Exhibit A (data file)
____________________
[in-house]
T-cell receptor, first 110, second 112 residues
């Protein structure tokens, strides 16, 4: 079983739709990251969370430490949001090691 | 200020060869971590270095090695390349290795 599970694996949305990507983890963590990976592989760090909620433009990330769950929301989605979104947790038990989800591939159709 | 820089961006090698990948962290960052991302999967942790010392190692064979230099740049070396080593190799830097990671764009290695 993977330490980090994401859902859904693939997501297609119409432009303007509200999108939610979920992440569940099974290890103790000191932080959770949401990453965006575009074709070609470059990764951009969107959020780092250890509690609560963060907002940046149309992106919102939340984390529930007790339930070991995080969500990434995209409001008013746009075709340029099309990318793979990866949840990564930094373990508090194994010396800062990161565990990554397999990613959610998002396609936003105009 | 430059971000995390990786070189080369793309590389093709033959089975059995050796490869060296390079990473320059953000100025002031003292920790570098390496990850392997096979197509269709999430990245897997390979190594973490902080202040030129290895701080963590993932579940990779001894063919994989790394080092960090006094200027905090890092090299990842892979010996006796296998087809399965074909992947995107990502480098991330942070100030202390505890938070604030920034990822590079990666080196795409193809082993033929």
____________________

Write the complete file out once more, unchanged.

[in-house]
T-cell receptor, first 110, second 112 residues
């Protein structure tokens, strides 16, 4: 079983739709990251969370430490949001090691 | 200020060869971590270095090695390349290795 599970694996949305990507983890963590990976592989760090909620433009990330769950929301989605979104947790038990989800591939159709 | 820089961006090698990948962290960052991302999967942790010392190692064979230099740049070396080593190799830097990671764009290695 993977330490980090994401859902859904693939997501297609119409432009303007509200999108939610979920992440569940099974290890103790000191932080959770949401990453965006575009074709070609470059990764951009969107959020780092250890509690609560963060907002940046149309992106919102939340984390529930007790339930070991995080969500990434995209409001008013746009075709340029099309990318793979990866949840990564930094373990508090194994010396800062990161565990990554397999990613959610998002396609936003105009 | 430059971000995390990786070189080369793309590389093709033959089975059995050796490869060296390079990473320059953000100025002031003292920790570098390496990850392997096979197509269709999430990245897997390979190594973490902080202040030129290895701080963590993932579940990779001894063919994989790394080092960090006094200027905090890092090299990842892979010996006796296998087809399965074909992947995107990502480098991330942070100030202390505890938070604030920034990822590079990666080196795409193809082993033929």